It's no secret that Home Capital Group's (HCG) stock has gone down the laundry chute.
In the past six months, it's fallen from $22 to $6 - a 73% implosion - and when stocks plunge that fast, it's often the beginning of the end.
However, the recent announcement that HCG sold $1.5B in mortgages to an unnamed buyer and secured a $2B emergency line of credit has allowed the stock to regain a bit of its footing. But, despite this small increase, these actions only further confirm what the market already knows - financial trouble continues to brew.
Now, HCG borrowers are looking for an answer to a very important question: What happens to my mortgage if it gets sold?
Well, it shouldn't have any effect -- on one condition.
Most people understand when they take out mortgages, they're signing a legally binding contract and both parties are expected to carry out their part of that contract. What many don't understand, however, is that these contracts are often bought and sold on a secondary market.
As scary as this may sound to homeowners who were unaware, it's actually a common practice.
Your credit card accounts, car loans, and student loans are all likely to get bought and sold by other issuers, usually for liquidity reasons. By selling to other companies, or outside investors, these lending agencies are able to keep a large pool of cash ready for new loans.
Without this secondary market, mortgage lenders may have to wait 10 or even 20 years before significant amounts of capital is returned to them -- and nobody has time for that.
However, although this is common practice, it's not common knowledge. So, when homeowners receive a notice that their mortgage has been sold, it sends a wave of panic through them. Many think that since somebody new is in charge, there's going to be some structural changes to their mortgage - including a pair of hydraulic jacks installed under the interest rates. This could not be further from the truth.
A contract is a contract, and once the deal is signed, the terms don't change - even if the loan is sold. You may have to log into a different web site, or write the cheque to a different company, but that's just semantics. It's still the original contract, and that's set in ink.
So, what's the one condition?
Most subprime mortgages are short-term loans to help borrowers through rough times, and these contracts must be renewed every so often - usually every one, two, three, or five years.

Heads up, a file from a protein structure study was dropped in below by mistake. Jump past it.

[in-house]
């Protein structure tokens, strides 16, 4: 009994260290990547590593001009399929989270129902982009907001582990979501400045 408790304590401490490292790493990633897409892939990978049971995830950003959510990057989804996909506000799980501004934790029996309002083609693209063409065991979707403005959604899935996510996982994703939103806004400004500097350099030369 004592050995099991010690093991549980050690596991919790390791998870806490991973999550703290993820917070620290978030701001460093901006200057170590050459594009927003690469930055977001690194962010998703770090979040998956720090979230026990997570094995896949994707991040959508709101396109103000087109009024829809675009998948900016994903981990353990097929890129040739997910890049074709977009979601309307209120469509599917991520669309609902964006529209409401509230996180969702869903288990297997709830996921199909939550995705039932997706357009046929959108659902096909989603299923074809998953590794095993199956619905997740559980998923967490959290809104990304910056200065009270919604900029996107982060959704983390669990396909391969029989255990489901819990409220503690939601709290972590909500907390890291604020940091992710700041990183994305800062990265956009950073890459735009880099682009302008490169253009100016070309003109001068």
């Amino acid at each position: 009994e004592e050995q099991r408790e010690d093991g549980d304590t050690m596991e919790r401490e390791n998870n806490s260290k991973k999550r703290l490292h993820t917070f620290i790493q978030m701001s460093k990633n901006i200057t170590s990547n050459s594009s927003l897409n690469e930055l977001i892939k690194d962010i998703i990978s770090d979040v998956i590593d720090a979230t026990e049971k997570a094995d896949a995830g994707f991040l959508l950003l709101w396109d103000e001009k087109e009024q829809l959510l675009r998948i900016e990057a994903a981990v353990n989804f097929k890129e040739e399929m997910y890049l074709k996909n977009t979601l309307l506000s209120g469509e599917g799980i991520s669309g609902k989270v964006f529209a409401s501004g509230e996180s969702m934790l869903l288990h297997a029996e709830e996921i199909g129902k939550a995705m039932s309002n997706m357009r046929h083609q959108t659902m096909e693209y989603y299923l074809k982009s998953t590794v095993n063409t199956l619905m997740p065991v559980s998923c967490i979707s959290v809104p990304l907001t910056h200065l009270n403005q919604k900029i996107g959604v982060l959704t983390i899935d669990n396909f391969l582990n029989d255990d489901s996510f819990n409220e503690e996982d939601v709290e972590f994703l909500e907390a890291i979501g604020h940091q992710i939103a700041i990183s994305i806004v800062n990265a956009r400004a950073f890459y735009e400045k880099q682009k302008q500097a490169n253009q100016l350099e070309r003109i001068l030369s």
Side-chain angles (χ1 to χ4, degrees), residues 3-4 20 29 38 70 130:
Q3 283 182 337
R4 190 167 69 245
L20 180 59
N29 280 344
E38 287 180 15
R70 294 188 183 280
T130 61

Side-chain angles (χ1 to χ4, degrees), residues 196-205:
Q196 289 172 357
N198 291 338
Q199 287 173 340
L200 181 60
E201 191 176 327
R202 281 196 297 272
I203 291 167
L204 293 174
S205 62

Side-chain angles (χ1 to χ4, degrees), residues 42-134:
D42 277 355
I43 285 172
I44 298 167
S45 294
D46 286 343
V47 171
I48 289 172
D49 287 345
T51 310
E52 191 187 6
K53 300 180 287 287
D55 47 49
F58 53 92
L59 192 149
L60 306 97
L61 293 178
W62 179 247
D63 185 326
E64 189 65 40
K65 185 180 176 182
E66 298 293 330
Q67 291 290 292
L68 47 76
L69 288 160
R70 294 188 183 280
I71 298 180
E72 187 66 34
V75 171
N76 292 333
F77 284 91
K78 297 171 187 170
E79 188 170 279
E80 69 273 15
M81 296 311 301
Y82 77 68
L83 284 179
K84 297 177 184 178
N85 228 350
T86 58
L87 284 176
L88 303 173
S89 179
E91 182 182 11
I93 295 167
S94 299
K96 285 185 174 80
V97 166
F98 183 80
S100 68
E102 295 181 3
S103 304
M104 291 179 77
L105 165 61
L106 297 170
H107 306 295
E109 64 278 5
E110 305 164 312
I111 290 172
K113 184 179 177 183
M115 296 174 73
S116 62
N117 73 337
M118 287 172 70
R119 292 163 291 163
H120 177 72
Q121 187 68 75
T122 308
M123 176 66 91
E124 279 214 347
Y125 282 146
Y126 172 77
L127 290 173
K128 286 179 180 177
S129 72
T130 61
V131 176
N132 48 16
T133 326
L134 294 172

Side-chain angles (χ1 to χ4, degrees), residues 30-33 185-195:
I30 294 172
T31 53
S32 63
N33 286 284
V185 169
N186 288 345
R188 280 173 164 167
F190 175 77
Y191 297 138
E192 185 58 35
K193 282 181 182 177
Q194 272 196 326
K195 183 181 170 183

If your mortgage gets sold, the new lender will honor those terms -- provided you've kept up with the payments according to the original agreement. If not, there's a good chance it'll get rejected, and you'll need to find new financing -- and that could mean higher rates.
Of course, refusing to renew the contract could have also happened with the original lender. Any time you're behind on payments, don't expect the contracts to be renewed -- at least under the same terms.
So, to be clear, the real risk isn't that your loan gets sold, it's that you fall behind on your payments.
If your loan is sold, you should receive a notice within 30 days of the sale letting you know the name, address, and phone number of the new mortgage holder, where to send payments, and the effective date of the transfer.
What are the chances of this happening? Pretty high. The future for HCG isn't looking too bright these days. They recently dropped the maximum amount for mortgages to $600,000 and the maximum credit line limit to $50,000. These amounts are far too low drastically limiting its potential client base.
Still, if HCG does go under, it's a good idea to keep in touch to make sure there are no mix-ups with notices getting lost in the mail, as you are still liable if your payments are not sent to the right person. However, on the bright side, any payments sent to HCG up to 60 days following the sale will automatically get forwarded to the new lender.
So, if you are a HCG borrower, there is no need to panic. Plunging stock prices are a scary thing - but they mainly only impact those invested in that company. Fortunately, for homebuyers, your mortgage is a contract, and you've got all the original rights contained within the four corners of that contract -- regardless of who's holding it.
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